It must be said straightaway that the orchestral playing on display
in this latest instalment of Petrenko’s Shostakovich cycle is an
absolute triumph. The Royal Liverpool Philharmonic is in fabulous shape at
the moment and the playing is truly world class. I have many happy memories
of attending numerous concerts given by Sir Charles Groves and the orchestra
in the late 1970s but the execution in those days never reached the
extraordinary standard to be heard in this magnificent new recording.
The very opening bars of the first movement set out the stall
immediately - a drenched string tone and an incisive, forward momentum that
immediately catches the attention. Personally, I’ve always disliked
the long drawn out central march in this movement. Petrenko has almost
converted me. The repetitive nature of the material is rather compelling in
his hands and the range of dynamics and colour - with superb individual
orchestral solo contributions - makes this an exciting experience. The
control of the long crescendo is exemplary and the climax is shattering.
Once the march has come to its conclusion we are treated to some ravishing
string playing towards the end of the movement with the high, exposed first
violins singing out gloriously and perfectly in tune. The whole 28 minute
span of this epic movement never slackens for a moment.
The acoustic of the Philharmonic Hall is sweet and detailed. There
are two minor criticisms to be made about what is, otherwise,
state-of-the-art recording quality. First of all, for a domestic setting,
the dynamic range is huge. To hear the percussion clearly at the beginning
of the march you really need to turn up the volume but in doing so the loud
passages are likely to destroy your speakers. This is a problem regularly
encountered in the digital age. Secondly, the loudest climaxes seem to be
slightly cramped but that may be just the way the hall is captured by the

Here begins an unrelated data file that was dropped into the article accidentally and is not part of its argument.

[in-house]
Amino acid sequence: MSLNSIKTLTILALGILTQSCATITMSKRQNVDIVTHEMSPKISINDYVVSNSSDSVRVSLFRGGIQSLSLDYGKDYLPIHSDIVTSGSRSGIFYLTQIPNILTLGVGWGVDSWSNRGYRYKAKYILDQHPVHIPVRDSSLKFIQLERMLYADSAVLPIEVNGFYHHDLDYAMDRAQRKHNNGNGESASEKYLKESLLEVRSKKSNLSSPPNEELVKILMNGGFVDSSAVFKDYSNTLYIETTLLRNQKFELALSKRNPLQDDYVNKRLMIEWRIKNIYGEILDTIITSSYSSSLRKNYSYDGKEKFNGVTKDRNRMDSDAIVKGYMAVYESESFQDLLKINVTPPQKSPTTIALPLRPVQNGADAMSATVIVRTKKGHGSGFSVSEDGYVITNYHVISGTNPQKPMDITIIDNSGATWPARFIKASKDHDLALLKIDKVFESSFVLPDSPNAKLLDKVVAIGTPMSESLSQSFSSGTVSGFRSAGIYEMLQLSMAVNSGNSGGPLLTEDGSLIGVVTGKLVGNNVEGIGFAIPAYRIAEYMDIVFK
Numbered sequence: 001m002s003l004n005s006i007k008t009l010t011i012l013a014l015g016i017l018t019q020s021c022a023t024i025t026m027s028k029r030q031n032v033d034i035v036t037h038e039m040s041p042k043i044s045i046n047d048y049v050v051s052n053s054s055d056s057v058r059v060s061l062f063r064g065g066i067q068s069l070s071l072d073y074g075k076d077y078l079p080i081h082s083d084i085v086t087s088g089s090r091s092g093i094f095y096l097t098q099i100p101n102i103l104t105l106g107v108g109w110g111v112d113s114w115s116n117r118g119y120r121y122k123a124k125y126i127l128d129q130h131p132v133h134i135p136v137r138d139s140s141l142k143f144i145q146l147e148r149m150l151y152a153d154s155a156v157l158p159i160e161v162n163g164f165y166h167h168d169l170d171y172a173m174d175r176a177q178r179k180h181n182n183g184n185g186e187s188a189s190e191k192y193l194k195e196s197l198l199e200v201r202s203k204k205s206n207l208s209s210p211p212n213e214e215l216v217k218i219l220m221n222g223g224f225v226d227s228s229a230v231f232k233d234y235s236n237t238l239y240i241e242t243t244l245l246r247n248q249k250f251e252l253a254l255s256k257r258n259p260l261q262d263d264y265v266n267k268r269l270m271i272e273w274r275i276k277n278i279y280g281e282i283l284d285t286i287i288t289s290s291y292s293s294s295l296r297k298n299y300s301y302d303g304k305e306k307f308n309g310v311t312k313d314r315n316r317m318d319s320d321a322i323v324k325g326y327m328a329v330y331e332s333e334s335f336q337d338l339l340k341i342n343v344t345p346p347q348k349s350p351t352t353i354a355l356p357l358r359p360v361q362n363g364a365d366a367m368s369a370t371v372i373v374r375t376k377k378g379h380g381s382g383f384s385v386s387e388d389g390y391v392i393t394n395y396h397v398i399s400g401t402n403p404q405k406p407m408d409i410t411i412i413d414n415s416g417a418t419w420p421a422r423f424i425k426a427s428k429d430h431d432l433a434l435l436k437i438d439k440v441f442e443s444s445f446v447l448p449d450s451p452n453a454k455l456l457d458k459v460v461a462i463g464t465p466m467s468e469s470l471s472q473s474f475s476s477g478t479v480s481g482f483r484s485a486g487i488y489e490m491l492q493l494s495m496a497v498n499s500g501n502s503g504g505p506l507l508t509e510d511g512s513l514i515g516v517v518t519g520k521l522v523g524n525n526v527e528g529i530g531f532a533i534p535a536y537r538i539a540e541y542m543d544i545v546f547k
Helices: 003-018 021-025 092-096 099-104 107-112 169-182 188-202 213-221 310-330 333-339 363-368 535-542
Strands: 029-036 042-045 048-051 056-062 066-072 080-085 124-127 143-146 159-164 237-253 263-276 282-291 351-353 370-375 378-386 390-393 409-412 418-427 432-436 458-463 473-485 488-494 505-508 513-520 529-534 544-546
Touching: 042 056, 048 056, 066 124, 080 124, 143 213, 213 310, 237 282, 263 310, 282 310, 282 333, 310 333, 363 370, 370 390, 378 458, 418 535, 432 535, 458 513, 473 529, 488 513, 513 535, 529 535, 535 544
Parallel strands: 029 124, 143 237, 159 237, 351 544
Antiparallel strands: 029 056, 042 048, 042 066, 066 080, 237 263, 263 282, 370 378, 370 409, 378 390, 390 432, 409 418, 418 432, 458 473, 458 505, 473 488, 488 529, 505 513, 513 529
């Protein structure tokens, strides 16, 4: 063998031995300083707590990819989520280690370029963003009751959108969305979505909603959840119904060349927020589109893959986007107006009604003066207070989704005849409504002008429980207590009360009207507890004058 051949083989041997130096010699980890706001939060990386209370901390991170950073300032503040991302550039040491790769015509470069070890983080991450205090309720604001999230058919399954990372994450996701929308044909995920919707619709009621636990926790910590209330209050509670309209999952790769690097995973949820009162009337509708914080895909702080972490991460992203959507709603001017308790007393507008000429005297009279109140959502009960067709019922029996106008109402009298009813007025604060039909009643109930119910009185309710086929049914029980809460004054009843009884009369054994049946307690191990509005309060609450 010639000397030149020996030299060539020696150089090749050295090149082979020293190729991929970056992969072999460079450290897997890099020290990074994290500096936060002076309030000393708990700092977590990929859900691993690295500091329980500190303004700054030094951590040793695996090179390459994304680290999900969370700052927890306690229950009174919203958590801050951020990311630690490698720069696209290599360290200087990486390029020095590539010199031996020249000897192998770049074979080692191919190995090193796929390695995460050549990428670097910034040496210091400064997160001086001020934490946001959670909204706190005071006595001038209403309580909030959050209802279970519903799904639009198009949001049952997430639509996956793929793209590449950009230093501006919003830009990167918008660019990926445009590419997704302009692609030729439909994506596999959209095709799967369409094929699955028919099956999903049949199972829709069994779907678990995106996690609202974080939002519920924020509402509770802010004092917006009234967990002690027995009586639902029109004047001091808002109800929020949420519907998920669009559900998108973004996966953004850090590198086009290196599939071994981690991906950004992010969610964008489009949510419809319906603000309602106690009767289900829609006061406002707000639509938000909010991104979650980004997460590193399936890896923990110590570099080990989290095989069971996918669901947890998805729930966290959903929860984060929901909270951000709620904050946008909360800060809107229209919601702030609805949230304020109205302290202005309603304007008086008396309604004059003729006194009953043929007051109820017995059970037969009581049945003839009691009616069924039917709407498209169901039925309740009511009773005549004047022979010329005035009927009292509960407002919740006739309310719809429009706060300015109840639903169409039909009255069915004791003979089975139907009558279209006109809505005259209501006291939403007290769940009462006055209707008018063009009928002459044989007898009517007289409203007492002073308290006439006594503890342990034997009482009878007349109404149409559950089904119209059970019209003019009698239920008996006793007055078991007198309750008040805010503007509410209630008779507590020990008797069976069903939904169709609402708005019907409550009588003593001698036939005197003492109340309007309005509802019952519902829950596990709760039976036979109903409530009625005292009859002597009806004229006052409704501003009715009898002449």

microphones. Other than that, from a technical perspective, the sound is
The second movement - an intermezzo rather than the usual scherzo -
immediately demonstrates the excellence of the string section. The Liverpool
orchestra has never sounded better than this. There is also a palpable sense
of inspiration running through all the sections of the orchestra and the
woodwind solos are full of character. At 5:40 the music bursts into life.
Brass and percussion ring out before the movement collapses back into its
shell and the strings bring the music to its conclusion.
The adagio conjures up the sound-world of Mahler. Yet again, the
strings are magnificent in the opening pages. The central section - a battle
between strings and brass underpinned with more martial side-drum effects -
is awe inspiring. There is a tangible white heat to the playing. The
Mahlerian string passage then returns and the movement finishes with an air
of foreboding, beautifully delivered by the low winds.
Having always thought that the central movements contain the best music
to be heard in the Leningrad
I must say that the normally bombastic
finale, not usually to my taste, isn’t the least bit bombastic
as presented here. It’s thrilling and absorbing. Petrenko makes
you hear the music anew and it really is edge-of-the-seat stuff. The
level of virtuosity at around 3:30 to 5:00 is amazing. It’s rhythmically
tight, relentless, riveting and also incredibly poised. Nothing ever
sounds rushed and the final triumphant bars bring the symphony to a
is a somewhat uneven work and it can’t be viewed
one of the composer’s strongest symphonies. To make it work you need a
who totally believes in the piece and then inspires an orchestra to deliver
goods. Petrenko and his players are flawless. This is an absolute bargain
goes straight to the top of the list. I’m not a huge fan of the
but I will certainly return regularly to this CD.
Masterwork Index: Shostakovich